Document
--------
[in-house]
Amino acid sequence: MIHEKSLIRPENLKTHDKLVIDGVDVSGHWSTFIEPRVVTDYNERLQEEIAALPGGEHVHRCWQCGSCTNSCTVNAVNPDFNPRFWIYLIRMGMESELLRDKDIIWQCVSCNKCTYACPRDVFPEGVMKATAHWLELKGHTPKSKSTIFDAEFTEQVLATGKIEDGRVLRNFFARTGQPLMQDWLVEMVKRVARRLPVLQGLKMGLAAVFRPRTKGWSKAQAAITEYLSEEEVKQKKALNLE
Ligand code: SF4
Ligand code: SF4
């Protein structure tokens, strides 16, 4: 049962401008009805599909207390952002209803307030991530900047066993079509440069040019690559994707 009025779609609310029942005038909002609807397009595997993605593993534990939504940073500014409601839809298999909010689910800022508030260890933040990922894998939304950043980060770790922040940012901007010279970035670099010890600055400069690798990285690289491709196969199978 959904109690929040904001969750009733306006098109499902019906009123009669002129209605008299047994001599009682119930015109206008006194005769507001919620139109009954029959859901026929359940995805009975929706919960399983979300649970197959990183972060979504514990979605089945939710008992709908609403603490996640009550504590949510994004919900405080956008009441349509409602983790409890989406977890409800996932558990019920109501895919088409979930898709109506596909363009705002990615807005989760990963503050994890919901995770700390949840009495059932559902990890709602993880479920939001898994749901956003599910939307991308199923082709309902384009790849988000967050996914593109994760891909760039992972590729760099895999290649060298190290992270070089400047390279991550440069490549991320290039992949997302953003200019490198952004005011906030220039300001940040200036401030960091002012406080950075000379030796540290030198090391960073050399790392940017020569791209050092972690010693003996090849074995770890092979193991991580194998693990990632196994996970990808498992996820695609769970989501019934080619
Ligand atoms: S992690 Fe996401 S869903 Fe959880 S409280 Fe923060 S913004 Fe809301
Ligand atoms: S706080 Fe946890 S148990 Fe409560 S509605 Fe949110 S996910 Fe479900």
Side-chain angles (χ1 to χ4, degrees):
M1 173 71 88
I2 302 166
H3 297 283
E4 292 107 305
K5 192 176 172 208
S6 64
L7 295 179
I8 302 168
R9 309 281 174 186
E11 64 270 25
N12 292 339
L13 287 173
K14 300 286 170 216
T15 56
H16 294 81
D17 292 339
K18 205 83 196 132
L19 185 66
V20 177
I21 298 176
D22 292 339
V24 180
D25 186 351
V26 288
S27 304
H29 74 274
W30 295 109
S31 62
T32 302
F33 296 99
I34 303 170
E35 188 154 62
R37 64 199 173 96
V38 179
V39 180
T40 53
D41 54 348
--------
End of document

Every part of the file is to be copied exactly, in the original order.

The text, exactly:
[in-house]
Amino acid sequence: MIHEKSLIRPENLKTHDKLVIDGVDVSGHWSTFIEPRVVTDYNERLQEEIAALPGGEHVHRCWQCGSCTNSCTVNAVNPDFNPRFWIYLIRMGMESELLRDKDIIWQCVSCNKCTYACPRDVFPEGVMKATAHWLELKGHTPKSKSTIFDAEFTEQVLATGKIEDGRVLRNFFARTGQPLMQDWLVEMVKRVARRLPVLQGLKMGLAAVFRPRTKGWSKAQAAITEYLSEEEVKQKKALNLE
Ligand code: SF4
Ligand code: SF4
């Protein structure tokens, strides 16, 4: 049962401008009805599909207390952002209803307030991530900047066993079509440069040019690559994707 009025779609609310029942005038909002609807397009595997993605593993534990939504940073500014409601839809298999909010689910800022508030260890933040990922894998939304950043980060770790922040940012901007010279970035670099010890600055400069690798990285690289491709196969199978 959904109690929040904001969750009733306006098109499902019906009123009669002129209605008299047994001599009682119930015109206008006194005769507001919620139109009954029959859901026929359940995805009975929706919960399983979300649970197959990183972060979504514990979605089945939710008992709908609403603490996640009550504590949510994004919900405080956008009441349509409602983790409890989406977890409800996932558990019920109501895919088409979930898709109506596909363009705002990615807005989760990963503050994890919901995770700390949840009495059932559902990890709602993880479920939001898994749901956003599910939307991308199923082709309902384009790849988000967050996914593109994760891909760039992972590729760099895999290649060298190290992270070089400047390279991550440069490549991320290039992949997302953003200019490198952004005011906030220039300001940040200036401030960091002012406080950075000379030796540290030198090391960073050399790392940017020569791209050092972690010693003996090849074995770890092979193991991580194998693990990632196994996970990808498992996820695609769970989501019934080619
Ligand atoms: S992690 Fe996401 S869903 Fe959880 S409280 Fe923060 S913004 Fe809301
Ligand atoms: S706080 Fe946890 S148990 Fe409560 S509605 Fe949110 S996910 Fe479900």
Side-chain angles (χ1 to χ4, degrees):
M1 173 71 88
I2 302 166
H3 297 283
E4 292 107 305
K5 192 176 172 208
S6 64
L7 295 179
I8 302 168
R9 309 281 174 186
E11 64 270 25
N12 292 339
L13 287 173
K14 300 286 170 216
T15 56
H16 294 81
D17 292 339
K18 205 83 196 132
L19 185 66
V20 177
I21 298 176
D22 292 339
V24 180
D25 186 351
V26 288
S27 304
H29 74 274
W30 295 109
S31 62
T32 302
F33 296 99
I34 303 170
E35 188 154 62
R37 64 199 173 96
V38 179
V39 180
T40 53
D41 54 348